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This week’s parsha imparts to us lessons for life - how we should conduct ourselves in our daily affairs and in our relationships.
Interestingly enough, these teachings are not imparted as commands, but rather through example, for in the end, that is the best way to teach proper conduct (i.e.; If your children hear you say “Thank you” and “Please”, they too will say “Thank you” and “Please”, etc.). I will mention just a few of the teachings that are highlighted in this parsha which shape our Jewish character, and they all center around chesed - loving kindness.
1) Bikur Cholim - Visiting the Sick - Abraham is recovering from his circumcision and is visited by G-d Himself (Genesis 18:1). Interestingly enough, the text simply says, “And G-d appeared to him. (Omitting the Patriarch’s name) so that we should not think that it is only the great and righteous who merit a visit. All those who are ill should be visited.
2) Hachnosses Orchim - Welcoming Guests - From our father Abraham, we learn the importance of extending hospitality to wayfarers and having an open house. Indeed, the chuppah (marriage canopy) open on all sides, is modeled after the tent of Abraham who, with great devotion and love, provided his guests with food and lodging. This teaching applies to all guests, for initially, Abraham thought that his visitors were desert nomads.
3) Enthusiasm - Abraham ran to greet his guests, and he ran to serve them, teaching that when we perform a mitzvah, it should be done with alacrity and joyous enthusiasm, for the manner in which we perform such mitzvos is important.(i.e.; grudgingly or happily; angrily or kindly, warmly or coldly).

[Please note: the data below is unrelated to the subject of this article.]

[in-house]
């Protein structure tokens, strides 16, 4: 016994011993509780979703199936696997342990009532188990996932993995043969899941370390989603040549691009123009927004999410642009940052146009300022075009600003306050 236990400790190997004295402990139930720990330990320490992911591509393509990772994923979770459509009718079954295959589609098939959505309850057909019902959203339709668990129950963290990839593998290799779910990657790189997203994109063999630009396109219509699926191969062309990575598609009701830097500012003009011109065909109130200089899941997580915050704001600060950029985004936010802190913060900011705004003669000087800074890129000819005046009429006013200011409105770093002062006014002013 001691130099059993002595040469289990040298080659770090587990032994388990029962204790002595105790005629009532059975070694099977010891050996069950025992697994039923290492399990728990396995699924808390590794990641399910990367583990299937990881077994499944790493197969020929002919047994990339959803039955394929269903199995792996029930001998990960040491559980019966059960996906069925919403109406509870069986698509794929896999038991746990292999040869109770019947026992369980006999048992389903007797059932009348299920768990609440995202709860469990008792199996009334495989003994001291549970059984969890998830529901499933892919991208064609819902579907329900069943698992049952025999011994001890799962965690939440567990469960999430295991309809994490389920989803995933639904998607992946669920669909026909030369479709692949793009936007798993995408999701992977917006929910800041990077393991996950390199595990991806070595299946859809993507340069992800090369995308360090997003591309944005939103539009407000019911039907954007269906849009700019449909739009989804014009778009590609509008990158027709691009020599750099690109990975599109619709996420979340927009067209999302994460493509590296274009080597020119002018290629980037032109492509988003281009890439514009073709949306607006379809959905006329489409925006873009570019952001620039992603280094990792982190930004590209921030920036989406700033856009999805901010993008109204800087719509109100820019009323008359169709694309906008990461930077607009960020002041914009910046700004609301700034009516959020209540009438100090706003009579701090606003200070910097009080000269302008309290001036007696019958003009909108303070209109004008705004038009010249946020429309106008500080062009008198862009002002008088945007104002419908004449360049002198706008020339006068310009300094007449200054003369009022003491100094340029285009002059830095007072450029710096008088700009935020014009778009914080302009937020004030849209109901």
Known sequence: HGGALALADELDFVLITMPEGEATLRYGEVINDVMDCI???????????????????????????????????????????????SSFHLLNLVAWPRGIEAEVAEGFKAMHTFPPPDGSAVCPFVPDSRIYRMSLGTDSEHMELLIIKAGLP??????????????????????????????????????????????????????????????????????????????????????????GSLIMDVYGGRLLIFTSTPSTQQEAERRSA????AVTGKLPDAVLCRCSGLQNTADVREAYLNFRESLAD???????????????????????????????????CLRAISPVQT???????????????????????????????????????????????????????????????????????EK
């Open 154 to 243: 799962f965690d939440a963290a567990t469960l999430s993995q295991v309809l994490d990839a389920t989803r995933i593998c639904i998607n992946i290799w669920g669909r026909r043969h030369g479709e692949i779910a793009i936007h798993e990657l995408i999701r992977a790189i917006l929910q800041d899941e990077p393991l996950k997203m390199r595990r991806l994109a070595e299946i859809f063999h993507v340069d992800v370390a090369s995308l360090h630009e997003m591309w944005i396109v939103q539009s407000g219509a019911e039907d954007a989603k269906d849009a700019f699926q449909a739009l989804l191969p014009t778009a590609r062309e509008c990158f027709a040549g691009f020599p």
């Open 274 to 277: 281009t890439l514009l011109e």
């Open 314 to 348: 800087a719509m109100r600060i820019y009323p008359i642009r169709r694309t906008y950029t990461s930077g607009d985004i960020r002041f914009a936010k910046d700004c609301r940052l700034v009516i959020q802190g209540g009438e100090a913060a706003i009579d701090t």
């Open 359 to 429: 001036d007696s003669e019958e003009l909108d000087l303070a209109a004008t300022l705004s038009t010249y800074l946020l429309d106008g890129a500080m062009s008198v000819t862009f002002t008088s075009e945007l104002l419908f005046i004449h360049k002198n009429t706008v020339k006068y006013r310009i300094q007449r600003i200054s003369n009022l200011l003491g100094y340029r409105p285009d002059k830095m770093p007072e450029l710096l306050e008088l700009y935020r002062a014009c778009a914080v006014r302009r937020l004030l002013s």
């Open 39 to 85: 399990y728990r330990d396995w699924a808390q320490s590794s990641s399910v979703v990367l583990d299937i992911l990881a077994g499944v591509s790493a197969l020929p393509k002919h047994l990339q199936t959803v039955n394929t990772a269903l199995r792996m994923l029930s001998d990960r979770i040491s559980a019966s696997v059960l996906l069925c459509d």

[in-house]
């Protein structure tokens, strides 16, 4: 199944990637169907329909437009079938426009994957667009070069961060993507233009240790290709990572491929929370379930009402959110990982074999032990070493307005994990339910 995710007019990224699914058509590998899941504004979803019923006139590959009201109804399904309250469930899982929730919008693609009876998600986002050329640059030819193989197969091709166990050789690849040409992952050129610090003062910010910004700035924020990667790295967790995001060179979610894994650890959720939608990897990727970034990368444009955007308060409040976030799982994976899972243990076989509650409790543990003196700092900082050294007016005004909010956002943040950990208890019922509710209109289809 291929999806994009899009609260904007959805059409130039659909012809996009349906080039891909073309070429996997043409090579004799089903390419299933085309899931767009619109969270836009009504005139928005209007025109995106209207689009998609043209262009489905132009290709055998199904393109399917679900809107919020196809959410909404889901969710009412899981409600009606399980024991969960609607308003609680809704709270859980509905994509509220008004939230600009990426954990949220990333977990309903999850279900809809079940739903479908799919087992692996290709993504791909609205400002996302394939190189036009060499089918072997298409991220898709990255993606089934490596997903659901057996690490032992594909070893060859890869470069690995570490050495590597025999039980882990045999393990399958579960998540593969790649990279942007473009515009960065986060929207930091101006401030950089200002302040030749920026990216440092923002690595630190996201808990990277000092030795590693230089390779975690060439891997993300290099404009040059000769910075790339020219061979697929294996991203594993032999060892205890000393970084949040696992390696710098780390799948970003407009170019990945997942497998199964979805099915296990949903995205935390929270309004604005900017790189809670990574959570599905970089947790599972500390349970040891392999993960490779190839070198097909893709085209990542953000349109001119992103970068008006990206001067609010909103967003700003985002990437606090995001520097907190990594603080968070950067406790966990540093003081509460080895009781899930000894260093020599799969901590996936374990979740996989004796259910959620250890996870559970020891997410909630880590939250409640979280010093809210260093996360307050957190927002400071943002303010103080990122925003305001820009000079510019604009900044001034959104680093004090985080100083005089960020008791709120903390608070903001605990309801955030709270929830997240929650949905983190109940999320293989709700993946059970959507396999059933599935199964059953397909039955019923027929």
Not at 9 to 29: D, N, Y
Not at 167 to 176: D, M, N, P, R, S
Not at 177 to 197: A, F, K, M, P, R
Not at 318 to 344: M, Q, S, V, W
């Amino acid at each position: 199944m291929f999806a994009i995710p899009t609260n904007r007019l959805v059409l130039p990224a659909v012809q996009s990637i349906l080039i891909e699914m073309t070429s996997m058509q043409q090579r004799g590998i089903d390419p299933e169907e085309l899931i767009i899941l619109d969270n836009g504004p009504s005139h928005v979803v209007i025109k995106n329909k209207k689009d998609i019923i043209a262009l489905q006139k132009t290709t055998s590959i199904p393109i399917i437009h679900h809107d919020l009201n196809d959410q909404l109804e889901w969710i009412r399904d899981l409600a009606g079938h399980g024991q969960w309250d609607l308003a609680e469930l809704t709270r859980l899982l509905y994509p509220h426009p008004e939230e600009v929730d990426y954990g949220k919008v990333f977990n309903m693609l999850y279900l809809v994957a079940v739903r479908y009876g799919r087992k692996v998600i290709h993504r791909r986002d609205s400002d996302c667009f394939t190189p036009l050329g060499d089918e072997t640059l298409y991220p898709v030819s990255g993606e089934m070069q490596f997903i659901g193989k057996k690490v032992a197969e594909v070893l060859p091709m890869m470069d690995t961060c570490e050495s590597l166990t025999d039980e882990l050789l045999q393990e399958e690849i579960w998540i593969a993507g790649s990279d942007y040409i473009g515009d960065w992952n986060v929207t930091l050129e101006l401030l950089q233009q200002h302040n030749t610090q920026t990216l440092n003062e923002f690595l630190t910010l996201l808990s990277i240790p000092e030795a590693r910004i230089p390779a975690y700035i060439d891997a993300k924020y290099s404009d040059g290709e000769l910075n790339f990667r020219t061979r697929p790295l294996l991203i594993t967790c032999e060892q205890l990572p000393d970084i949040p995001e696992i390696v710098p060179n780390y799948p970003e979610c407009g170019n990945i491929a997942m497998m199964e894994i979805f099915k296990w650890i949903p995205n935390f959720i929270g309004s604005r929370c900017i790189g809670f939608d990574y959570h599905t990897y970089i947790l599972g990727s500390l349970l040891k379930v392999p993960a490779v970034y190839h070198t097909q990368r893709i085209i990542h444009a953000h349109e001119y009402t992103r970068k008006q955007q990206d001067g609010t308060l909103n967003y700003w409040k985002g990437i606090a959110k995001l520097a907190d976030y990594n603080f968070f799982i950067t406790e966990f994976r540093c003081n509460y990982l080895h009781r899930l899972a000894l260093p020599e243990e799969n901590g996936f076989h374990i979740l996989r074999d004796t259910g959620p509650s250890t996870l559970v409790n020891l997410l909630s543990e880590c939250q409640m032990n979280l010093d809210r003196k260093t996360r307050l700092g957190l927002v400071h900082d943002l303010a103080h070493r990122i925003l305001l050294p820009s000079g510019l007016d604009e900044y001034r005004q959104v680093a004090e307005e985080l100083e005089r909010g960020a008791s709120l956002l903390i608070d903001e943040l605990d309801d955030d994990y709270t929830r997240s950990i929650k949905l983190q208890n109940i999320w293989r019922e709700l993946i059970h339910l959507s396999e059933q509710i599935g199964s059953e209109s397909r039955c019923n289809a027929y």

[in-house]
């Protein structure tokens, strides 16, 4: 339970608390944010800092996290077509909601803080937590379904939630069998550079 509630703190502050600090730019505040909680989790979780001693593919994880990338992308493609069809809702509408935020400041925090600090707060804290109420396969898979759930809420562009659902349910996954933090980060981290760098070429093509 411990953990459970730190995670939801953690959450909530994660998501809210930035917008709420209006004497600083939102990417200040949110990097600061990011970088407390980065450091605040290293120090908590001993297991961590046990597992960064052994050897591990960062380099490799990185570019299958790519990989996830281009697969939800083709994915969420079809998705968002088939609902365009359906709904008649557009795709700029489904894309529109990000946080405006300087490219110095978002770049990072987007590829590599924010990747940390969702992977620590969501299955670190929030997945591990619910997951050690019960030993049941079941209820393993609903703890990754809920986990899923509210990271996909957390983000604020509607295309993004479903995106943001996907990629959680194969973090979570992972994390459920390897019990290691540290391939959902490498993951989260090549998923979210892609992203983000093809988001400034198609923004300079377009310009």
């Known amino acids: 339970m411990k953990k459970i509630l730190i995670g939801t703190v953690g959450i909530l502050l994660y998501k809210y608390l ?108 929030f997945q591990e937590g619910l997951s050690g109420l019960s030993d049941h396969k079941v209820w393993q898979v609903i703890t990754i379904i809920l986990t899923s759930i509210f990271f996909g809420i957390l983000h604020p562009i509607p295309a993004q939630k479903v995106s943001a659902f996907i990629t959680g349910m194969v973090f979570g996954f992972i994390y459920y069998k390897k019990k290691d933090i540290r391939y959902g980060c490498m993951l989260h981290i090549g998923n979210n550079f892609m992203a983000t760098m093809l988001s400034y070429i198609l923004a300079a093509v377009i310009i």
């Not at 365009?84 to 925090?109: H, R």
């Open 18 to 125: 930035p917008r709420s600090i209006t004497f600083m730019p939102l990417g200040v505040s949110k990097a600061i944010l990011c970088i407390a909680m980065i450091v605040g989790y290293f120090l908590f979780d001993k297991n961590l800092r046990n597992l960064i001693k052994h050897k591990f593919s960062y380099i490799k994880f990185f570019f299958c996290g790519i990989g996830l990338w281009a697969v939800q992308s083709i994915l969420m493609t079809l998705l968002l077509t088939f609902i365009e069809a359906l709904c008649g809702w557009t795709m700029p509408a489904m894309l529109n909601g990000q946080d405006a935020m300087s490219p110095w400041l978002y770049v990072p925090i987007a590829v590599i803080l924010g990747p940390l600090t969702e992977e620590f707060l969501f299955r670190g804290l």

4) Escorting Guests - It is written when the angels took their leave from the tent of our father Abraham (Genesis, 18:16), he walked with them to escort them - teaching us that not only is it a mitzvah to invite guests to our homes, but when they depart, we should accompany them (for example, if we live in an apartment building, we should escort them to the elevator. If we have a private home, we should walk with them for a few feet from our door.
5) Lfum Tzara Agra - The pain is commensurate with the reward - Although Abraham was in immense pain due to his circumcision, he transcended his pain so that he might perform the mitzvah of Hachnoses Orchim, teaching us that the greater the effort - mesiras nefesh - and sacrifice that the mitzvah entails, the greater our reward (i.e.: you go to synagogue despite the distance and inclement weather. You go to study Torah despite your fatigue; you give tzedukah, despite the fact that you are on a tight budget).
6) Makom K’Vua - Designating a set place for prayer - This teaches that we should have our own special place for prayer in our home as well as in Synagogue. (Genesis, 18:33)
7) Ha Mispallel B’Ad Chaver - He who prays on behalf of another when he himself needs that very same thing, is answered first - G-d granted Sarah a son after Abraham prayed for Avimelech to be blessed with children. (Genesis, 21:1)
If ever there was a need to intensify our acts of chesed it is today. Our world is in crisis. If we relate to one another with chesed, Hashem will relate with chesed to us.
May G-d accept all our prayers with mercy and compassion,